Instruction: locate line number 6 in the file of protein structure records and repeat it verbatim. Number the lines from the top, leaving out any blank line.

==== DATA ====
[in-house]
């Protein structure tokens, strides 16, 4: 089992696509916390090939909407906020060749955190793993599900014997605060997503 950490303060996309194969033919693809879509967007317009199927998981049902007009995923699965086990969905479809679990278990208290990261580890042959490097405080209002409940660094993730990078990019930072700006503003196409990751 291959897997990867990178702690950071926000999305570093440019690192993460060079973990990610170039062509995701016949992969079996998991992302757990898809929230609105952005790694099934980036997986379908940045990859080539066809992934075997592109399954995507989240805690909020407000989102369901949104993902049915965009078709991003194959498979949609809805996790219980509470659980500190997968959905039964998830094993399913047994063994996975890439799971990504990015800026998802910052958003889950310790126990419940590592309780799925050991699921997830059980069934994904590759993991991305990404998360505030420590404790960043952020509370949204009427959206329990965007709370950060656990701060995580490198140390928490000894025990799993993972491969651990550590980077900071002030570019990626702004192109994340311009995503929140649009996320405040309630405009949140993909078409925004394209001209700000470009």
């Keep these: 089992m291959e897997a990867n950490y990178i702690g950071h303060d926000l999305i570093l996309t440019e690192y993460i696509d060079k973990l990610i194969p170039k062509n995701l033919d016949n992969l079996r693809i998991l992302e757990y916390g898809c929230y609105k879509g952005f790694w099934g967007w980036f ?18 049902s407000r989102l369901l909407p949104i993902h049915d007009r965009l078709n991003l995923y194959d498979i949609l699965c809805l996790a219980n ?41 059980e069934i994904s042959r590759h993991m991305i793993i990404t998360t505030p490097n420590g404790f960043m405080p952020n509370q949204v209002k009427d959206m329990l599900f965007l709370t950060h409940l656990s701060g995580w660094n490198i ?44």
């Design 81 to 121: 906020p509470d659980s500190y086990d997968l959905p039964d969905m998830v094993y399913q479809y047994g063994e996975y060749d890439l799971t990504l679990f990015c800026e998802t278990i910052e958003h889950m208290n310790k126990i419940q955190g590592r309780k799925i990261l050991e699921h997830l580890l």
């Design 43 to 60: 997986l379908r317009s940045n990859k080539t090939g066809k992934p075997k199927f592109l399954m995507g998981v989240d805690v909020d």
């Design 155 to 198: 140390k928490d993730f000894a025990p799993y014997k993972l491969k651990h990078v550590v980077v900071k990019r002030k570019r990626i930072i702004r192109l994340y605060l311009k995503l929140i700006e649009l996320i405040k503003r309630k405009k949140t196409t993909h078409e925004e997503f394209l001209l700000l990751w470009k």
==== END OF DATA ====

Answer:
């Design 155 to 198: 140390k928490d993730f000894a025990p799993y014997k993972l491969k651990h990078v550590v980077v900071k990019r002030k570019r990626i930072i702004r192109l994340y605060l311009k995503l929140i700006e649009l996320i405040k503003r309630k405009k949140t196409t993909h078409e925004e997503f394209l001209l700000l990751w470009k």